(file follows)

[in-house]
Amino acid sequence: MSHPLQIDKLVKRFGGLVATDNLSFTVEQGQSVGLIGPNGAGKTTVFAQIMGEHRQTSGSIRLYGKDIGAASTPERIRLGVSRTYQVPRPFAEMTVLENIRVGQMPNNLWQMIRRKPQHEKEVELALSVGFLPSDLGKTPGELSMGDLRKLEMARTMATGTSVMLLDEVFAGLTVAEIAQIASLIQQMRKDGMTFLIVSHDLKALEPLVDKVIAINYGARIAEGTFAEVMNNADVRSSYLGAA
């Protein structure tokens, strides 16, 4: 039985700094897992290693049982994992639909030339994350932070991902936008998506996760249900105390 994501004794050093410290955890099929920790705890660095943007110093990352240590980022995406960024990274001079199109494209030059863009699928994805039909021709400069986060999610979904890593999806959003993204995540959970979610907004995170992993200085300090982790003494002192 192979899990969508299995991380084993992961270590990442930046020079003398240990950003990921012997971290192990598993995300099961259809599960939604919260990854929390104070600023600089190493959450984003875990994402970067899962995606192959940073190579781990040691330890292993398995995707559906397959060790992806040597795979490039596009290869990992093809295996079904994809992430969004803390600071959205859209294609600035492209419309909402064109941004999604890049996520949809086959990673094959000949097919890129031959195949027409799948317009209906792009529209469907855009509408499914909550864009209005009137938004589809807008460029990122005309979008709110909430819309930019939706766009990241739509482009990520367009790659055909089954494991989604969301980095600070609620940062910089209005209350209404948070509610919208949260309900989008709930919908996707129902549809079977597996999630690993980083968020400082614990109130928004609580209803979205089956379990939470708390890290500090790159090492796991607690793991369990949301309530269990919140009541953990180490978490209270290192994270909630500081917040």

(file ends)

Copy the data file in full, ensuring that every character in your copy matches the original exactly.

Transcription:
[in-house]
Amino acid sequence: MSHPLQIDKLVKRFGGLVATDNLSFTVEQGQSVGLIGPNGAGKTTVFAQIMGEHRQTSGSIRLYGKDIGAASTPERIRLGVSRTYQVPRPFAEMTVLENIRVGQMPNNLWQMIRRKPQHEKEVELALSVGFLPSDLGKTPGELSMGDLRKLEMARTMATGTSVMLLDEVFAGLTVAEIAQIASLIQQMRKDGMTFLIVSHDLKALEPLVDKVIAINYGARIAEGTFAEVMNNADVRSSYLGAA
């Protein structure tokens, strides 16, 4: 039985700094897992290693049982994992639909030339994350932070991902936008998506996760249900105390 994501004794050093410290955890099929920790705890660095943007110093990352240590980022995406960024990274001079199109494209030059863009699928994805039909021709400069986060999610979904890593999806959003993204995540959970979610907004995170992993200085300090982790003494002192 192979899990969508299995991380084993992961270590990442930046020079003398240990950003990921012997971290192990598993995300099961259809599960939604919260990854929390104070600023600089190493959450984003875990994402970067899962995606192959940073190579781990040691330890292993398995995707559906397959060790992806040597795979490039596009290869990992093809295996079904994809992430969004803390600071959205859209294609600035492209419309909402064109941004999604890049996520949809086959990673094959000949097919890129031959195949027409799948317009209906792009529209469907855009509408499914909550864009209005009137938004589809807008460029990122005309979008709110909430819309930019939706766009990241739509482009990520367009790659055909089954494991989604969301980095600070609620940062910089209005209350209404948070509610919208949260309900989008709930919908996707129902549809079977597996999630690993980083968020400082614990109130928004609580209803979205089956379990939470708390890290500090790159090492796991607690793991369990949301309530269990919140009541953990180490978490209270290192994270909630500081917040």